Cosmetic surgeon Nick Percival helps Paddington train crash survivor Pam Warren

Posted by: Cosmetic Surgery Partners

Our surgeon Mr Nicholas Percival helps Pam Warren – Paddington train crash survivor

“From Behind The Mask” – Pam Warren’s Inspirational Story

Our leading cosmetic surgeon Nick Percival (regular contributor to TV series ‘Botched up Bodies’), was the on call Consultant for Plastic Surgery at the Charing Cross Hospital on the day of the Paddington Rail Disaster. Pam Warren, known as the woman behind the mask, was one of two patients admitted to the hospital with severe burn injuries. Pam had suffered burns to her hands and face and was in a medically induced coma when she arrived on the intensive care unit.

UK surgeon Nick Percival: “We supplied Pam with a custom made acrylic mask to try and reduce the inevitable scar formation on her face, this became her recognizable trademark to the general public as she was required to wear it for several months as she started her campaign for better rail safety.

Pam is famous for being a survivor of the infamous Paddington train crash disaster in 1999. On October 5th at 11am, a routine journey soon turned into a nightmare of epic proportions where the train she was on collided head on with another train at dizzying speeds 130mph, what ensued next was as she herself describes total pandemonium, that day 31 people died and over 400 were injured. She is very lucky to be alive; however, after the fireball that ripped through the 1st class train carriage that day, she bears the scars to mark the occasion for the rest of her life. Pam required intensive medical care and treatment in order to survive the incident, however once the injuries healed that would allow her to live, a new set of injuries were needed to be attended to.

“I will always remember the day Nick Percival entered my hospital room, sat down opposite and discussed his idea to help heal my burnt face. He carefully explained what was happening while the grafts and my facial skin knitted together and what the potential scarring implications might be – they sounded bad. “I’d like you to consider wearing a plastic mask over your face” he stated. Whilst I looked at him skeptically he explained that the rigid Perspex would gently push the scarring down whilst keeping the atmosphere underneath moist and warm which was ideal for continued healing. “To be effective it has to be fitted very tightly by straps around the back of your head, molded to the contours of your face and you must wear it for 23 hours a day probably for 18 months”.

In his own words UK surgeon Nick Percival describes his involvement with Pam Warren’s incredible journey of healing after a major trauma.

“As she had been involved in a major accident and we did not know the extent of her injuries other than those which were immediately obvious, we had to systematically examine her in detail to ensure that whilst we concentrated on her burns we did not miss any other injuries which needed treatment. We knew from the medical staff that had treated her at the scene that she had been conscious when they initially saw her and was able to walk away from the wreckage. Our priority was to resuscitate her to replace the body fluids she was loosing as a result of the burns to prevent her major organs such as her kidneys from shutting down.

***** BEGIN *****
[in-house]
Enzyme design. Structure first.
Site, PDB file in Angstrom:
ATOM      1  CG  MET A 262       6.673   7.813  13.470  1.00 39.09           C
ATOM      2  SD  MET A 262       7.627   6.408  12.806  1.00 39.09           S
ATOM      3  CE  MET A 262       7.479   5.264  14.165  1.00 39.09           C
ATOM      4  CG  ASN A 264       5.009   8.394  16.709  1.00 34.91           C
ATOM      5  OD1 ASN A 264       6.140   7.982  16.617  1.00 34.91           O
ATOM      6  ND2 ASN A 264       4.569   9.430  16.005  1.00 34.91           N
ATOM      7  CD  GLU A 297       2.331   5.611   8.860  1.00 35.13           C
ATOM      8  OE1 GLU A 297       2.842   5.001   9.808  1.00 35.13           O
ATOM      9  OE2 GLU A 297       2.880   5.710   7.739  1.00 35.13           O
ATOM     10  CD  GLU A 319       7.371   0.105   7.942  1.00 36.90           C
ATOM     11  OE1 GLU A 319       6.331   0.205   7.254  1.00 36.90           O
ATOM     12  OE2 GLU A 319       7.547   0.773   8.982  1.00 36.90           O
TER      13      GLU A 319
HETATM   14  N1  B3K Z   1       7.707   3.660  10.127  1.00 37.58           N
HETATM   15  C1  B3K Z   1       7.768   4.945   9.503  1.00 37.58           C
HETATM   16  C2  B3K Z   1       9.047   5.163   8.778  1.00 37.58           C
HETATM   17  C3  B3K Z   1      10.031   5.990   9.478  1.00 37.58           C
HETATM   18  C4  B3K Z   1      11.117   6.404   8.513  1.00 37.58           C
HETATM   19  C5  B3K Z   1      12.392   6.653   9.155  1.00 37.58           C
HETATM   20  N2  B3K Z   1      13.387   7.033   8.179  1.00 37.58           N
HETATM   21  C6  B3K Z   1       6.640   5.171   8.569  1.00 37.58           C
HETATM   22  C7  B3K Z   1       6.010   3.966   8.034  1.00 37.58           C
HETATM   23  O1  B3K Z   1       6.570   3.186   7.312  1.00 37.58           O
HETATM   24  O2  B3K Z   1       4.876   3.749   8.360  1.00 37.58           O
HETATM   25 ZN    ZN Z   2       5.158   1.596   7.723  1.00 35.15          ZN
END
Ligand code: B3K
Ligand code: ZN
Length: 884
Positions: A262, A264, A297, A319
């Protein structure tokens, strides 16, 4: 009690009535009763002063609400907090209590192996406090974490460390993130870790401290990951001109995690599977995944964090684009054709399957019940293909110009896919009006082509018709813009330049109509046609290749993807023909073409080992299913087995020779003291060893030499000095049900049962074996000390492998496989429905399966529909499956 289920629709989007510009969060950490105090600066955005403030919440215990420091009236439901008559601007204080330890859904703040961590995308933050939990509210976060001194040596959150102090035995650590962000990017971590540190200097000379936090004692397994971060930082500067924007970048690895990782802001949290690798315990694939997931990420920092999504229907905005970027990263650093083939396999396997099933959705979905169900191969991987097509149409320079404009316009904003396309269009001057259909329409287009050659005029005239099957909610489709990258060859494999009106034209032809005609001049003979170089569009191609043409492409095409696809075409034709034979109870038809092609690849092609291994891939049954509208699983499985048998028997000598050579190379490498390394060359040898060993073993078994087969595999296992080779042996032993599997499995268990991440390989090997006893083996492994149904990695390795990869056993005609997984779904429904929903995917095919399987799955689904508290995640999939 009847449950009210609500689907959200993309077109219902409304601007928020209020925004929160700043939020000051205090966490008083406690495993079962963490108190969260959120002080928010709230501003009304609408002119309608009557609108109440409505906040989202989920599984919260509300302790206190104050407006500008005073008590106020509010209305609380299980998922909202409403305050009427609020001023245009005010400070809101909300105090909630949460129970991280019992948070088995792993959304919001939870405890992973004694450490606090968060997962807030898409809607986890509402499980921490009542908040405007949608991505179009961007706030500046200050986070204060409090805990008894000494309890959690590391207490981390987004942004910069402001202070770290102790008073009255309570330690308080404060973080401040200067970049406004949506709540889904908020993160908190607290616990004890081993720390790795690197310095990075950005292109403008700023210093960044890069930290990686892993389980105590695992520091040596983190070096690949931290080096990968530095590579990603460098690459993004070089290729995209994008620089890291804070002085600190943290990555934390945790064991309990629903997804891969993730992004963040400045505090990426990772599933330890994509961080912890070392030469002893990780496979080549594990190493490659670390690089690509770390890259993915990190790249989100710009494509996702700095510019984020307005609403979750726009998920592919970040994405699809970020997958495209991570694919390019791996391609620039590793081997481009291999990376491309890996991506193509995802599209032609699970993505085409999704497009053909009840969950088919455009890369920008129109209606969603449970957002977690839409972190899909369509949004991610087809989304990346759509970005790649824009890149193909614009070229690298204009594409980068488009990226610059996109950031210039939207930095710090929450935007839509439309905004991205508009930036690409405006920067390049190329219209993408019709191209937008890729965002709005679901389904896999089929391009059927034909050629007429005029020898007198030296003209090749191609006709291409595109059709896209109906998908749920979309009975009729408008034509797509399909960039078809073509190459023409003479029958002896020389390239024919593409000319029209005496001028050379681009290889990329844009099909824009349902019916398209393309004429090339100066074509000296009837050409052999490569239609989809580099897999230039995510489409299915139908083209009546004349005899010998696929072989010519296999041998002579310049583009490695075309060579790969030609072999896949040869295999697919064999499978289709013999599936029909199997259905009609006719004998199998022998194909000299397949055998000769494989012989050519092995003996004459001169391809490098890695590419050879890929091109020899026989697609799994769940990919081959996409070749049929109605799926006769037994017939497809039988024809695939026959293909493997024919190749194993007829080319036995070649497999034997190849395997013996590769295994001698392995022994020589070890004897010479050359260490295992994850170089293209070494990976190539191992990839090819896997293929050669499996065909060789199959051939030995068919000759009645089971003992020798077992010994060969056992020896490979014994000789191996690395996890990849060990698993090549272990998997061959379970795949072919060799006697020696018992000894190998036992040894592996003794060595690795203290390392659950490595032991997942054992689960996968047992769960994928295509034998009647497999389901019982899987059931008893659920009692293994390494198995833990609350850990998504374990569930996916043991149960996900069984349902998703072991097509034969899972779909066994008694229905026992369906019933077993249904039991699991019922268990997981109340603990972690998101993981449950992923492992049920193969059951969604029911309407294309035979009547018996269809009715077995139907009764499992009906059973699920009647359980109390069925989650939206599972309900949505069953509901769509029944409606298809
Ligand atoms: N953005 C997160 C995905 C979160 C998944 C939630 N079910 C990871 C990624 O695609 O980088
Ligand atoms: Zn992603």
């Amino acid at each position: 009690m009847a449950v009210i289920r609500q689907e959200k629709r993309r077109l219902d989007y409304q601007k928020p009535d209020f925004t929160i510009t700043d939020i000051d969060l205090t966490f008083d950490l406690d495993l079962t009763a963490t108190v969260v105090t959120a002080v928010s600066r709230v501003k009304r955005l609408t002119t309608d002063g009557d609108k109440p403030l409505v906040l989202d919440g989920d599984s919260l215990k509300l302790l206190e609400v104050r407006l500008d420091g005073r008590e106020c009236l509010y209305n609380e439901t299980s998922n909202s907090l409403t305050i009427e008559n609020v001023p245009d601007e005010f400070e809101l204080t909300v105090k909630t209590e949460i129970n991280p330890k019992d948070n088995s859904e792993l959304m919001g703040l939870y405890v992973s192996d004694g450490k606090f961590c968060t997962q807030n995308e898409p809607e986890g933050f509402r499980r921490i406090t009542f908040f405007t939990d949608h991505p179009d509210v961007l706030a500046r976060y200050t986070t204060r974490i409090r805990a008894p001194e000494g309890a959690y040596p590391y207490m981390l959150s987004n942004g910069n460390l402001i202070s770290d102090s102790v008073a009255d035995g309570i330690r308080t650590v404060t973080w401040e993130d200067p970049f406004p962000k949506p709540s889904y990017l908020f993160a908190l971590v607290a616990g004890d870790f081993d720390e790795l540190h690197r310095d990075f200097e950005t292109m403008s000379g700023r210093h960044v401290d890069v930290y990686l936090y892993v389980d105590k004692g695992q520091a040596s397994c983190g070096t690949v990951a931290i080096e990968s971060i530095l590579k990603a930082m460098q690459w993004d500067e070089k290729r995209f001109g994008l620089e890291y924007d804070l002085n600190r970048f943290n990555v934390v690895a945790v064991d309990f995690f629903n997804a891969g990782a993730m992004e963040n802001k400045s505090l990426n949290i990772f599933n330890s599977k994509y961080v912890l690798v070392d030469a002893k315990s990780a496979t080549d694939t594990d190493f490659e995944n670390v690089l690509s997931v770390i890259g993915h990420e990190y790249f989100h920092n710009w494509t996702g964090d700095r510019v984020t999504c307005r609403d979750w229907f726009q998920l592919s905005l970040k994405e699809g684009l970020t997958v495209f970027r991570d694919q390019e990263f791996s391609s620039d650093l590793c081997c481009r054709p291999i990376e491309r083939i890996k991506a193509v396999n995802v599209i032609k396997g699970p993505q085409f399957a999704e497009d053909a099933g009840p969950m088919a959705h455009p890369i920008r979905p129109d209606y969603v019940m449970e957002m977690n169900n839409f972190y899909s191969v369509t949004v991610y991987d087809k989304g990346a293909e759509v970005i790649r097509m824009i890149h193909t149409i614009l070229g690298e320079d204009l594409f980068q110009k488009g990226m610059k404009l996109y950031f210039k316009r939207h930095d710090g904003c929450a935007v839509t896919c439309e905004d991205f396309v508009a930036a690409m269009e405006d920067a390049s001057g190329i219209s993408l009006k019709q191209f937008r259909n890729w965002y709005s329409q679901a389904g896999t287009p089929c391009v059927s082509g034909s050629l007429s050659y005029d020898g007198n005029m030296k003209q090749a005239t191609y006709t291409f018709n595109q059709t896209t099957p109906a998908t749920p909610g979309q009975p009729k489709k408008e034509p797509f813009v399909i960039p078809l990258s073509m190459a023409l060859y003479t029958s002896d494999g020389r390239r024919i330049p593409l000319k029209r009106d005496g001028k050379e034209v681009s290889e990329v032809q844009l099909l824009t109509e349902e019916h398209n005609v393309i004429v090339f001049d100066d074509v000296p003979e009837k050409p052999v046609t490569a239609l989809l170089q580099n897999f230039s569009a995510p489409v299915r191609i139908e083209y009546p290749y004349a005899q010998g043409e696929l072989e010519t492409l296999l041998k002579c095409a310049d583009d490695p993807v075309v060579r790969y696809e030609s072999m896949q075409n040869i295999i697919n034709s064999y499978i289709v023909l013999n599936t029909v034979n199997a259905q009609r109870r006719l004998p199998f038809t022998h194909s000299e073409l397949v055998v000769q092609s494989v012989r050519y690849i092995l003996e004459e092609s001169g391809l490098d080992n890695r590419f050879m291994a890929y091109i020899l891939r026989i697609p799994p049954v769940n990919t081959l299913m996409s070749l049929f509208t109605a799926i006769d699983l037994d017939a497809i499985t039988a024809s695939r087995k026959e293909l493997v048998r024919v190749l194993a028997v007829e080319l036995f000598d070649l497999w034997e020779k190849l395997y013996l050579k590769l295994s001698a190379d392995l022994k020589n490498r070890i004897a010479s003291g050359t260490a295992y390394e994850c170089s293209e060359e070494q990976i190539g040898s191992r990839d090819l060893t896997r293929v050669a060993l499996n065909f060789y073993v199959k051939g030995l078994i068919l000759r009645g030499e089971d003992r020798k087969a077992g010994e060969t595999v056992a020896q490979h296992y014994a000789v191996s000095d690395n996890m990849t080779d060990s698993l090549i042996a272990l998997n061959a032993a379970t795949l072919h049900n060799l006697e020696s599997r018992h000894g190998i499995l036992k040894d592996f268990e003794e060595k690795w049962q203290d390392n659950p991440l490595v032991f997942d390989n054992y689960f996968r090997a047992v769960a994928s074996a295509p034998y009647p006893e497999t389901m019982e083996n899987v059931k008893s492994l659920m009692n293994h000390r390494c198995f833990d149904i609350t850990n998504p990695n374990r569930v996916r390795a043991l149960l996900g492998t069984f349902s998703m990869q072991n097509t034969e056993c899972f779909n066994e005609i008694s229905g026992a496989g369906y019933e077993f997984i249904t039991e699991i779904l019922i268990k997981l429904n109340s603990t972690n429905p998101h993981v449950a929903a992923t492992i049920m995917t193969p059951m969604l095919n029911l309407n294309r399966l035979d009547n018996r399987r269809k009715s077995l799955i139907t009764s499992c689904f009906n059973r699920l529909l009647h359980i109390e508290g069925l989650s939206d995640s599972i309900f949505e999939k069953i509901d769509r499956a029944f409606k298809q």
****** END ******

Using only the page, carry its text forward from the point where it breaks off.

Although the Charing Cross Hospital was not a designated Burns Unit, I had during my plastic surgery training treated many major burn patients. Once we had ensured her initial survival, I made a plan of action to treat the burns to get Pam healed as quickly as possible before infection could take hold and put her life at risk. We took her to the operating theatre once her clinical condition had stabilized to remove the burnt skin on her hands and face. It looked like Pam had placed her hands over her face as these had taken the brunt of the heat and therefore had the deepest burns. Having shaved off the dead burnt skin we harvested skin grafts from her thighs and used these to cover the raw hands. We examined the face and removed dead skin from the deeper burns and cleaned the wounds extensively. Following the surgery Pam remained with us for almost 2 months undergoing a series of operations and grueling physiotherapy. Over the following 2 years I saw Pam regularly and she needed further small procedures to aid the healing process and to regain maximal function in her hands. I was delighted to meet with Pam at her book launch after all these years, knowing the dark days she had been through, to see her thriving with a real enjoyment and purpose back in her life.”

Last month Pam brought out her book ‘From Behind the Mask’, an inspirational story of her recovery which can be found at:

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